October 7, 2009 at 12:17 PM

      some how i get the feeling that your response was not genuine :)

    • Avatar


      October 7, 2009 at 12:59 PM this article was a sarcastic article not supportive article to tantawi….in a way it was making fun of tantawi not supporting him..haha…plz think b4 just accusing some1 of

    • Avatar

      Ibn Masood

      October 7, 2009 at 11:44 PM

      LOOOOOOOOOOL Are you serious… bro… seriously… seriously… seriously… just go sit in the corner with a dunce cap. Class is officially over for you.

      Ultimate self-pwnage…

    • Avatar


      October 8, 2009 at 12:44 PM

      Wow. Talk about falling flat on your face.

      Classic fail.

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  68. Avatar


    October 7, 2009 at 12:03 PM


    accountability, no one should be above it.

  69. Avatar

    Abu al-Husam

    October 7, 2009 at 12:04 PM

    The article is quite comical, yet the state of affairs is tragic. Far be it from someone such as myself to speak ill of anyone, even at-Tantawi after this, but I think that this incident is indicative of a deeper-running problem in the Muslim Ummah and community, as is quite obvious. Generally speaking, it is becoming more and more difficult to look to real scholars for good inspiration and modern role-models, either due to their obscurity and being kept out of the limelight by those who dislike the truth or their poor implementation of the sciences they’re supposed to have mastered.

    When something like this is done by someone in such a position, it is supremely unfortunate that we really have no choice but to react with sarcasm and disdain. I wish we could just disregard this due to how minuscule the event is in the context of our lives, but we’ve become so distracted from what it’s really about that these kinds of things make waves, yet we’ve become desensitized to the evils of the kuffaar, the poverty around the world, and what the real scholars are doing. May Allah guide us and protect us from bad influences and misguidances. *sigh*

  70. Avatar

    Missed Opportunity

    October 7, 2009 at 12:12 PM

    This is such a serous issue, that deserved a serious response. I wish the Shayk Yasir Qadi didn’t use sarcasm. It’s times like these we need western scholars to step up to the plate. I’m just picturing a non-Muslim reading this article and not understanding the message. Based on the comments, even Muslims are unclear about this article.

    Sarcasm would be appropriate if it was an every day “Joe Shmo”, but not such a high ranking Shayk.

    So there it is, another missed opportunity.

    • Avatar

      dina b.

      October 7, 2009 at 2:03 PM

      beautifully stated!

      • Avatar


        October 7, 2009 at 7:05 PM

        how about you talk against a government like Egypt/Saudi Arabia directly and see what happens.

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  72. Avatar


    October 7, 2009 at 12:32 PM

    I don’t understand some comments abt the use of sarcasm in the article.
    As a Muslimah, seeing this kinda injustice happening to a fellow muslimah is OUTRAGEOUS. Sh. YQ simply used saracasm to get his point across, I’d be fuming in anger to even form a coherent sentence.

    What happened to the ‘gheerah’ of some brothers – if Tantawi did the same to your mother or sister, would you still be arguiing abt the sarcastic tone? No, but you would think that writing abt is not enough, but that dragging Tantawi to court would be more justifiable.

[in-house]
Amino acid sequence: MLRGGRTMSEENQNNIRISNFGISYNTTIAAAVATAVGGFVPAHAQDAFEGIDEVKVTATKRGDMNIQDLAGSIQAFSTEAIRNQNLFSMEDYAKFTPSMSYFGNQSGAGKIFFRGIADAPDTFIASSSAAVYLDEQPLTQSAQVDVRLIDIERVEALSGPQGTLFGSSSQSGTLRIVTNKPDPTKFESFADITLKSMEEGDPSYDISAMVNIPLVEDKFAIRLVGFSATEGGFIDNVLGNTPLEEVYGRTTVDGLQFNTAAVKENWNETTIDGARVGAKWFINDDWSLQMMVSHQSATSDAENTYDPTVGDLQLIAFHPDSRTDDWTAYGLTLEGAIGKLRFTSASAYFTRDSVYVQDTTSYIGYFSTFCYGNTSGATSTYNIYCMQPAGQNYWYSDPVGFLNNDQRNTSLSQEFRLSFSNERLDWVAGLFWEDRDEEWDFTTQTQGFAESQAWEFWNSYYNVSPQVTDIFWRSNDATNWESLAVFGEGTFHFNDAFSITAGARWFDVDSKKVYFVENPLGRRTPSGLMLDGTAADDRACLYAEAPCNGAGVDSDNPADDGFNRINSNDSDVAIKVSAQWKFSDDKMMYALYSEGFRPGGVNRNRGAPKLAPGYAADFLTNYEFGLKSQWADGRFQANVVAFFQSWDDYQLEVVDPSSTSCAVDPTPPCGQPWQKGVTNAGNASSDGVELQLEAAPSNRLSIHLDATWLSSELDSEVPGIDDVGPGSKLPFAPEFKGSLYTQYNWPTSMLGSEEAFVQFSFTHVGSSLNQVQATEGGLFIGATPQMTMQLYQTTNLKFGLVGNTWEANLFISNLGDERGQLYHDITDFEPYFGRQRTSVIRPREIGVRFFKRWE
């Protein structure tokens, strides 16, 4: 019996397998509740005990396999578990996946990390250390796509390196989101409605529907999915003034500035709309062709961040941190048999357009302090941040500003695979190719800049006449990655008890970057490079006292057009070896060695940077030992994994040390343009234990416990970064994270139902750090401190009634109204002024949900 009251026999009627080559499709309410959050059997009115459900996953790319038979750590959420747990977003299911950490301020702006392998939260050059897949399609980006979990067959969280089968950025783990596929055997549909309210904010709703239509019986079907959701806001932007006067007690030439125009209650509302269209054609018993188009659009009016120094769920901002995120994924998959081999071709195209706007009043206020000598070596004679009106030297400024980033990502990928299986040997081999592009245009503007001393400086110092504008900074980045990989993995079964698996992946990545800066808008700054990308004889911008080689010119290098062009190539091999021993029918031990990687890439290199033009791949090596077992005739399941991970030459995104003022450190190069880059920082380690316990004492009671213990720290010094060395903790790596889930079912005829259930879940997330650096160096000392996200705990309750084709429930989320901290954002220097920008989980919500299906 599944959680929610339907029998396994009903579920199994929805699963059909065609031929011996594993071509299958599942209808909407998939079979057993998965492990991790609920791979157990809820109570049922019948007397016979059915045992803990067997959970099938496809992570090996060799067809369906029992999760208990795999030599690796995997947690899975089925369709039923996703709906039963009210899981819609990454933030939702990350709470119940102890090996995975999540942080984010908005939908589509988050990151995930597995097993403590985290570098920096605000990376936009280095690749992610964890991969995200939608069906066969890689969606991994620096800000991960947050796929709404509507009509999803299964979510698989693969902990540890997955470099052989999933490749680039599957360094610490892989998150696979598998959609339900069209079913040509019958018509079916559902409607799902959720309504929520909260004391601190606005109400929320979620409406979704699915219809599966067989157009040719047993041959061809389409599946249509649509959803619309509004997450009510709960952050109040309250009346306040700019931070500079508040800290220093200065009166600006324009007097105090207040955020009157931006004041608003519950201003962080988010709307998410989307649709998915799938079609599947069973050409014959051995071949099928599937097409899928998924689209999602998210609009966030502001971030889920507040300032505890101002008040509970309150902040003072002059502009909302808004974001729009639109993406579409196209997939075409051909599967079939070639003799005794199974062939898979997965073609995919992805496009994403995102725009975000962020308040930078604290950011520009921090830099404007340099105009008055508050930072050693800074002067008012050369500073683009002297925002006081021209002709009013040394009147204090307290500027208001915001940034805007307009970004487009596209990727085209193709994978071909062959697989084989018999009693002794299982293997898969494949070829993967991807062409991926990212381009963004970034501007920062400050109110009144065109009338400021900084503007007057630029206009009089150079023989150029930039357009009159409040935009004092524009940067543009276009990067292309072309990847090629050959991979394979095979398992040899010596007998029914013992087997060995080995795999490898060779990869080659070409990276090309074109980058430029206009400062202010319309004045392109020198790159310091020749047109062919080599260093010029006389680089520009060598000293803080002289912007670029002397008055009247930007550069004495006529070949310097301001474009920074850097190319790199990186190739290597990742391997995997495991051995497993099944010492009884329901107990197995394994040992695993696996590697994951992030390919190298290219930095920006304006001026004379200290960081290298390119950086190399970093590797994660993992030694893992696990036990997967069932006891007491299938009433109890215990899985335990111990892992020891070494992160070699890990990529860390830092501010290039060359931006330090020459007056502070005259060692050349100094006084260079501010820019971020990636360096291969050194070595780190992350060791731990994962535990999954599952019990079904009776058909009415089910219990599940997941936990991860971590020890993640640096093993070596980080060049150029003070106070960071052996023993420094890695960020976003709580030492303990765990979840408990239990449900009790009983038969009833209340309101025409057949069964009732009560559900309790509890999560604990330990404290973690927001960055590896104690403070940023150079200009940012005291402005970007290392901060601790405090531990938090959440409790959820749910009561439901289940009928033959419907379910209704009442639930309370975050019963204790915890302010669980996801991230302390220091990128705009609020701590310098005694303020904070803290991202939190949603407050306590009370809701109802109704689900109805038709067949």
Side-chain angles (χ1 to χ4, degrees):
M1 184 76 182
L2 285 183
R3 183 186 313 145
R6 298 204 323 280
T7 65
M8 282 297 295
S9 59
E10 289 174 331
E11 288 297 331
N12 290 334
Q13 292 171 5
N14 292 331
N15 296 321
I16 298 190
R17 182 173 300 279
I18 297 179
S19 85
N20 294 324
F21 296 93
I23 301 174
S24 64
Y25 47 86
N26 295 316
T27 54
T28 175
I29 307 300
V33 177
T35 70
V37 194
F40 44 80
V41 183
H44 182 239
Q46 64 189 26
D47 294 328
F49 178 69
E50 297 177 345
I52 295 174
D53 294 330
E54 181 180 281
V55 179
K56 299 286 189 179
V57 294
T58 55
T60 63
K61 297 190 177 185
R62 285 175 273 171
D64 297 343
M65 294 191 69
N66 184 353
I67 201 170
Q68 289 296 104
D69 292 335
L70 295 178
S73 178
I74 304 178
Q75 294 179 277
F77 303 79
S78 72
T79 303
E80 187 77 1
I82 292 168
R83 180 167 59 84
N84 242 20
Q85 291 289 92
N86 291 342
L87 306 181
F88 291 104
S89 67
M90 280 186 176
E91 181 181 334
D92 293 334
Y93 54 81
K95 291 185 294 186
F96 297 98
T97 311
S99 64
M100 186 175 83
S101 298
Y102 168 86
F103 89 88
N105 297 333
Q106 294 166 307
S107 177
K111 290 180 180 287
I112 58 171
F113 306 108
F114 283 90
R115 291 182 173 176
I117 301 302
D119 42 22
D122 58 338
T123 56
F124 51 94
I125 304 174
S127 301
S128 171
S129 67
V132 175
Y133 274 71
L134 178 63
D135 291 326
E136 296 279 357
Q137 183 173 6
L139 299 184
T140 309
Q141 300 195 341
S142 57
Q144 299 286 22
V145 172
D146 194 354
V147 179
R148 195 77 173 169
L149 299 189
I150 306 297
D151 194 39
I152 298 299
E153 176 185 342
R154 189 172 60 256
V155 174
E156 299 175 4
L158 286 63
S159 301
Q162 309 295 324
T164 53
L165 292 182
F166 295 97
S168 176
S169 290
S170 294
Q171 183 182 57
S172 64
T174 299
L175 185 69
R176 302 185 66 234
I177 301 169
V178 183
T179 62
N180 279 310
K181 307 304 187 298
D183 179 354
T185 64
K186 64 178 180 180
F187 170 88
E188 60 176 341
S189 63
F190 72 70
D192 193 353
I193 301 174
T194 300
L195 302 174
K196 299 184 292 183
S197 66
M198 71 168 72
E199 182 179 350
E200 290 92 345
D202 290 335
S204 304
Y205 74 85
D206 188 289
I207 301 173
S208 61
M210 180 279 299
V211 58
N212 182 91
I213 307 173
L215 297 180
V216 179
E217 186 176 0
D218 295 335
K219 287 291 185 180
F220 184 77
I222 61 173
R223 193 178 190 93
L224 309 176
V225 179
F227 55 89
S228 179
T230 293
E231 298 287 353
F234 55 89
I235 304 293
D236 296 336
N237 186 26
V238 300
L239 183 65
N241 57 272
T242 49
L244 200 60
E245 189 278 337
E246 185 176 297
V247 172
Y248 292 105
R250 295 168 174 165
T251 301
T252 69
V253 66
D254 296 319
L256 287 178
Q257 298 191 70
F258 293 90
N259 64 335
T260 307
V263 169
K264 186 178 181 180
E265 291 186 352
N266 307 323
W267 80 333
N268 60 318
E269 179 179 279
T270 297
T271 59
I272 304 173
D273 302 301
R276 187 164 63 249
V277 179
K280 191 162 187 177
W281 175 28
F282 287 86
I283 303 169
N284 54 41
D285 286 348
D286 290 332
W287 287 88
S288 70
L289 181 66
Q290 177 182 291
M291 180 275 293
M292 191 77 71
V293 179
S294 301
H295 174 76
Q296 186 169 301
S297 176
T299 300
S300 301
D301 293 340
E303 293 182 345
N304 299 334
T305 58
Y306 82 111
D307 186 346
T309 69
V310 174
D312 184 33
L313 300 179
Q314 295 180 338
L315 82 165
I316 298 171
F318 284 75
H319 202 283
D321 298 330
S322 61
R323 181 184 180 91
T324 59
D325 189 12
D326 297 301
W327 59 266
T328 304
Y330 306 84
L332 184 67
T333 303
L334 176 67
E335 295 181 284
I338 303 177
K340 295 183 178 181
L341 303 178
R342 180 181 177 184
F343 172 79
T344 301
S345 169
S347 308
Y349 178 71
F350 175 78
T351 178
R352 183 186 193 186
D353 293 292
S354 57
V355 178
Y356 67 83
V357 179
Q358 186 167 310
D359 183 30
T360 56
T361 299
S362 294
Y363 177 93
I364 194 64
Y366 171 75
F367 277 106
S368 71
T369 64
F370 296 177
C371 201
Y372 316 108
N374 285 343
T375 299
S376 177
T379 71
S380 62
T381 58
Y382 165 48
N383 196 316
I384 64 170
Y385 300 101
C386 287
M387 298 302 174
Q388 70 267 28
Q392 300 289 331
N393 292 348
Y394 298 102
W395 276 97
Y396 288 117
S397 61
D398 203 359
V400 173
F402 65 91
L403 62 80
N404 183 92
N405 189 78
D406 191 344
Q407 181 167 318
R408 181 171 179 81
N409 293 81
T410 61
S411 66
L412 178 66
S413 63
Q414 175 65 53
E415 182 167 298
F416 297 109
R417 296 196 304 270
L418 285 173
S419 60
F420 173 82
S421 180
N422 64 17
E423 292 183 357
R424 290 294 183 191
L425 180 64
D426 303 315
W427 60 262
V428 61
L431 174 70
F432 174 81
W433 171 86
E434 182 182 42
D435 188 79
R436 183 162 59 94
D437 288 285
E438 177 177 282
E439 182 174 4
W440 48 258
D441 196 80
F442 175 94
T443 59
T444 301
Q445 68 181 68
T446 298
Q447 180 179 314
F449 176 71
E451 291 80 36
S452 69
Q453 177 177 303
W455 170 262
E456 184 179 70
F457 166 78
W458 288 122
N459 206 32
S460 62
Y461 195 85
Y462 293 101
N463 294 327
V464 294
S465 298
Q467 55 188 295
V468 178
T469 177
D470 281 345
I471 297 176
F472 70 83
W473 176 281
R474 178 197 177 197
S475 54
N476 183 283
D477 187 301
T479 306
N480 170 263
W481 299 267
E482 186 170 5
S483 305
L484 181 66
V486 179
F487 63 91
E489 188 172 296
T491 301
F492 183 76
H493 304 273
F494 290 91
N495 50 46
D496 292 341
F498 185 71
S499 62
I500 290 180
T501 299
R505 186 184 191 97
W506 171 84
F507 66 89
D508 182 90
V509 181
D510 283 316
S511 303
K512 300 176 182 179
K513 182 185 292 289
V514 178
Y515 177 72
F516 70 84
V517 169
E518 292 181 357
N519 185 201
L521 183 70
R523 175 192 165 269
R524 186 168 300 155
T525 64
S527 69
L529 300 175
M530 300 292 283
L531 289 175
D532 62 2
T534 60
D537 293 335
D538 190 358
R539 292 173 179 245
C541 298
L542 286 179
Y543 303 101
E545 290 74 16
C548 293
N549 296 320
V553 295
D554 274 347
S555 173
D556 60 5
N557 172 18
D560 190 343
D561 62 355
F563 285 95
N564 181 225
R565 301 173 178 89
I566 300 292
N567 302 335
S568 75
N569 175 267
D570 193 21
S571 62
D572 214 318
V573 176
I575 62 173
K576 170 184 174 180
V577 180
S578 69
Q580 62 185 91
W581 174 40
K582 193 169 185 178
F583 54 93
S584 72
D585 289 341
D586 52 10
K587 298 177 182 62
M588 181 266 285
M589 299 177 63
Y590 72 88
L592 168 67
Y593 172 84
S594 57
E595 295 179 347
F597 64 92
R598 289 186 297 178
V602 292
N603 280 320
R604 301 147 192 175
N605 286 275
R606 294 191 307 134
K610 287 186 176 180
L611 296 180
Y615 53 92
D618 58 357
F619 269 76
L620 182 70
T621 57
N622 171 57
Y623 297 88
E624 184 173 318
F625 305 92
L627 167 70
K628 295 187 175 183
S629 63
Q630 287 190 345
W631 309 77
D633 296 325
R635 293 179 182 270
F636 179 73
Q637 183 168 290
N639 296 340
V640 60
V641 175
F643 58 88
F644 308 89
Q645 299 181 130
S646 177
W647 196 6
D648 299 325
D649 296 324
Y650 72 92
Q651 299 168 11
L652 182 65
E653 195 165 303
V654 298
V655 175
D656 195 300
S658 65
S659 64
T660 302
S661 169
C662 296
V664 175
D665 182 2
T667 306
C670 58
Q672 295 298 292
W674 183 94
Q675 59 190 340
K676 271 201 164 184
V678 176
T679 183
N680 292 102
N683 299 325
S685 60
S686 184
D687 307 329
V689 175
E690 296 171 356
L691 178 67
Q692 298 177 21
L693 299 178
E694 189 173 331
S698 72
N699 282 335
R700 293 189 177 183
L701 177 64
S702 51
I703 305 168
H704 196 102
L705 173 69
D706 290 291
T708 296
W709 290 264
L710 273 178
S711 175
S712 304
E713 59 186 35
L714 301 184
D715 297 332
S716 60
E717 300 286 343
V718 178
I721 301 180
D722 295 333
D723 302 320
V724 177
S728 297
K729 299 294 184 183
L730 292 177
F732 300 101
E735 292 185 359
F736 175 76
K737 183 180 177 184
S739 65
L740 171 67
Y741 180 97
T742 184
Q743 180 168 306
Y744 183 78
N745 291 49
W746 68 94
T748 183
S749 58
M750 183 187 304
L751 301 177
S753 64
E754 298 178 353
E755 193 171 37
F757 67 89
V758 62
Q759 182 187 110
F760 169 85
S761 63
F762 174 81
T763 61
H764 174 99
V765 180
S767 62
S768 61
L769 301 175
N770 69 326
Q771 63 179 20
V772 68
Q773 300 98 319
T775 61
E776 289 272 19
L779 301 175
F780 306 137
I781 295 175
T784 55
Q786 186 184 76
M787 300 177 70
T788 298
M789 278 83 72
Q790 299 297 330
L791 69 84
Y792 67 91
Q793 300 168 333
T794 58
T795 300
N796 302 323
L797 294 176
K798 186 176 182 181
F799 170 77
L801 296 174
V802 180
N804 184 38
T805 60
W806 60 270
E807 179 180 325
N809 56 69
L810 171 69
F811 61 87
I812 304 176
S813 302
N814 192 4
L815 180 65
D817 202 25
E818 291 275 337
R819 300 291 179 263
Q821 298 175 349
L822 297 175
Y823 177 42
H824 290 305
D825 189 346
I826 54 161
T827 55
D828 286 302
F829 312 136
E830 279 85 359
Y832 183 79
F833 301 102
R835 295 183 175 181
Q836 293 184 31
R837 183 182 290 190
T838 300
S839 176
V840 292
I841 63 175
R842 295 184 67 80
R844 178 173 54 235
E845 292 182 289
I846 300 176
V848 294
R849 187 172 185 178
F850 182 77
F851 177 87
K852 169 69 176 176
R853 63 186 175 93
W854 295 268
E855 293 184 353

Oh, someone please remind me of the story of the sahaabah who fought the jew for forcefully removing the veil of a muslim woman in the market place…

    • Avatar


      October 7, 2009 at 12:45 PM

      lol….i just b4 20 mins or something reminded my fiqh sir about tht story…=D…if i was there tht trash wud be in a hospital by now..

    • Avatar


      October 7, 2009 at 12:54 PM

      actually the sahabi didnt fyt him….he just simply took his sword n chopped off the head of the khabees…n thn the Prophet (PBUH) sent the full tribe into exile coz they broke the truce…

    • Avatar


      October 7, 2009 at 2:24 PM

      The jew lifted the end of her cloak and she was exposed, as far as I know

      And please, we are talking about an old Muslim scholar. Can we at least respect him as a Muslim? Let alone an old old man?


    • Avatar


      October 7, 2009 at 3:22 PM

      I COMPLETELY agree with you, Umeabdallah. When I read the article, I was literally too fuming with anger to even form a comment, and yet there are those who still want to give him *respect*?? SubhanAllah.

  73. Avatar

    Dawud Israel

    October 7, 2009 at 12:42 PM

    LOL @ Sh. YQ went off lol. Tantawi reminds me of the “old monks” in my masjid- the Egyptian masjid tyrants whose recitations the little kids make fun of.

    But, this article is really nothing for condemnation compared to what these Sufi guys are saying about it:

    ““All those people that call to the exposing of the [woman’s] face, then he is a Shaytān (remote from Allah (SWT))!”
    -Shaykh Abdur-Rahmān Ash-Shaghūrī [RA]

  74. Avatar

    Mohamed Hussein

    October 7, 2009 at 12:44 PM

    Assalamu Alaikum Warahmatullah,

    There are alot of comments here, and I didn’t have a chance to read them all but I just wanted to express my thoughts. SubhanAllah, Shaikh Tantawi has a long history with “interesting fatwas.” His views have fluctuated over time. He is a thorn in the side of many of the scholars of Al-Azhar, and his views are dismissed by many Egyptians. Because of his history many people have been conditioned to simply ignoring what he says. Allah 3aza Wajal says “Walanabluwanakum bil khayri walshari fitnah.” Allah will test us with good and with what seems as evil. This is a man who was tested. May Allah guide him, and benefit the ummah with anything good that he does, and protect the ummah from anything evil that he does.